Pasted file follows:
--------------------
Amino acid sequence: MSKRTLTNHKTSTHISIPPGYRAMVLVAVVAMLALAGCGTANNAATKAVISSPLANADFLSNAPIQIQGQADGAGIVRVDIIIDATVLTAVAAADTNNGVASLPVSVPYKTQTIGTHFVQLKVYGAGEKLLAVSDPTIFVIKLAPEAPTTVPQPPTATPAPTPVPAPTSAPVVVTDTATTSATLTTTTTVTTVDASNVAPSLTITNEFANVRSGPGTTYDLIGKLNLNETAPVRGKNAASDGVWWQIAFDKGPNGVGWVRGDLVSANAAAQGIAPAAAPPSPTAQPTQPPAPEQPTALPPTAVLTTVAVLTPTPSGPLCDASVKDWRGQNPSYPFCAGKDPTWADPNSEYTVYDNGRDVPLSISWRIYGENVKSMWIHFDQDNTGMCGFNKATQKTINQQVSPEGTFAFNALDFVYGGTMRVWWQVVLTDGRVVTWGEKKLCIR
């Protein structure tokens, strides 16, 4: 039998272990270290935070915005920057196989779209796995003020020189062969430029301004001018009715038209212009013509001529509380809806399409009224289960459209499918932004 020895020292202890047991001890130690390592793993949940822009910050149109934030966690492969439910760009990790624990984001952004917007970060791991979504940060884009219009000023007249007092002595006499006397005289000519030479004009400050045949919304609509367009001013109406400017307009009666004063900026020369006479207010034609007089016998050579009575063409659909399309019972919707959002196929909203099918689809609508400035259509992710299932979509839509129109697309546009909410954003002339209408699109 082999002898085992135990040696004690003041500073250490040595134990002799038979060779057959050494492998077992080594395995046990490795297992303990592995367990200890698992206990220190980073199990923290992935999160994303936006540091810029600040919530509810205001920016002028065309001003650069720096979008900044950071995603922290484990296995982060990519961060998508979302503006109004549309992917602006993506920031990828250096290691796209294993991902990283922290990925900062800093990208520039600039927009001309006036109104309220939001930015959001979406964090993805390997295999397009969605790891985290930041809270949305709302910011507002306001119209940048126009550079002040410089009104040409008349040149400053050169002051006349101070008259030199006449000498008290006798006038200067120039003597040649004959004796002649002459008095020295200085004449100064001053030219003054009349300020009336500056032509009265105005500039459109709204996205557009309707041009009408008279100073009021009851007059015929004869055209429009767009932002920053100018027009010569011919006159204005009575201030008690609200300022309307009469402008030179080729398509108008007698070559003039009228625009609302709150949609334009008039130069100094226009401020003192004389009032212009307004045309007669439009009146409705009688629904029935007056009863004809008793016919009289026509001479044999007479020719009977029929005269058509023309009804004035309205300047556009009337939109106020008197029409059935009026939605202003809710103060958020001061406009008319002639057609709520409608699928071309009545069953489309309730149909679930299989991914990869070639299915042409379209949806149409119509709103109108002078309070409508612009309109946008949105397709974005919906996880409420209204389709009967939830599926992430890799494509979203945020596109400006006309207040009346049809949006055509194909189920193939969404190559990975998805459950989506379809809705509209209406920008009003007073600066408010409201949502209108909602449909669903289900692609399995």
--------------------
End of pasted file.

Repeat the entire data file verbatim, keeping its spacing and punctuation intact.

Amino acid sequence: MSKRTLTNHKTSTHISIPPGYRAMVLVAVVAMLALAGCGTANNAATKAVISSPLANADFLSNAPIQIQGQADGAGIVRVDIIIDATVLTAVAAADTNNGVASLPVSVPYKTQTIGTHFVQLKVYGAGEKLLAVSDPTIFVIKLAPEAPTTVPQPPTATPAPTPVPAPTSAPVVVTDTATTSATLTTTTTVTTVDASNVAPSLTITNEFANVRSGPGTTYDLIGKLNLNETAPVRGKNAASDGVWWQIAFDKGPNGVGWVRGDLVSANAAAQGIAPAAAPPSPTAQPTQPPAPEQPTALPPTAVLTTVAVLTPTPSGPLCDASVKDWRGQNPSYPFCAGKDPTWADPNSEYTVYDNGRDVPLSISWRIYGENVKSMWIHFDQDNTGMCGFNKATQKTINQQVSPEGTFAFNALDFVYGGTMRVWWQVVLTDGRVVTWGEKKLCIR
């Protein structure tokens, strides 16, 4: 039998272990270290935070915005920057196989779209796995003020020189062969430029301004001018009715038209212009013509001529509380809806399409009224289960459209499918932004 020895020292202890047991001890130690390592793993949940822009910050149109934030966690492969439910760009990790624990984001952004917007970060791991979504940060884009219009000023007249007092002595006499006397005289000519030479004009400050045949919304609509367009001013109406400017307009009666004063900026020369006479207010034609007089016998050579009575063409659909399309019972919707959002196929909203099918689809609508400035259509992710299932979509839509129109697309546009909410954003002339209408699109 082999002898085992135990040696004690003041500073250490040595134990002799038979060779057959050494492998077992080594395995046990490795297992303990592995367990200890698992206990220190980073199990923290992935999160994303936006540091810029600040919530509810205001920016002028065309001003650069720096979008900044950071995603922290484990296995982060990519961060998508979302503006109004549309992917602006993506920031990828250096290691796209294993991902990283922290990925900062800093990208520039600039927009001309006036109104309220939001930015959001979406964090993805390997295999397009969605790891985290930041809270949305709302910011507002306001119209940048126009550079002040410089009104040409008349040149400053050169002051006349101070008259030199006449000498008290006798006038200067120039003597040649004959004796002649002459008095020295200085004449100064001053030219003054009349300020009336500056032509009265105005500039459109709204996205557009309707041009009408008279100073009021009851007059015929004869055209429009767009932002920053100018027009010569011919006159204005009575201030008690609200300022309307009469402008030179080729398509108008007698070559003039009228625009609302709150949609334009008039130069100094226009401020003192004389009032212009307004045309007669439009009146409705009688629904029935007056009863004809008793016919009289026509001479044999007479020719009977029929005269058509023309009804004035309205300047556009009337939109106020008197029409059935009026939605202003809710103060958020001061406009008319002639057609709520409608699928071309009545069953489309309730149909679930299989991914990869070639299915042409379209949806149409119509709103109108002078309070409508612009309109946008949105397709974005919906996880409420209204389709009967939830599926992430890799494509979203945020596109400006006309207040009346049809949006055509194909189920193939969404190559990975998805459950989506379809809705509209209406920008009003007073600066408010409201949502209108909602449909669903289900692609399995």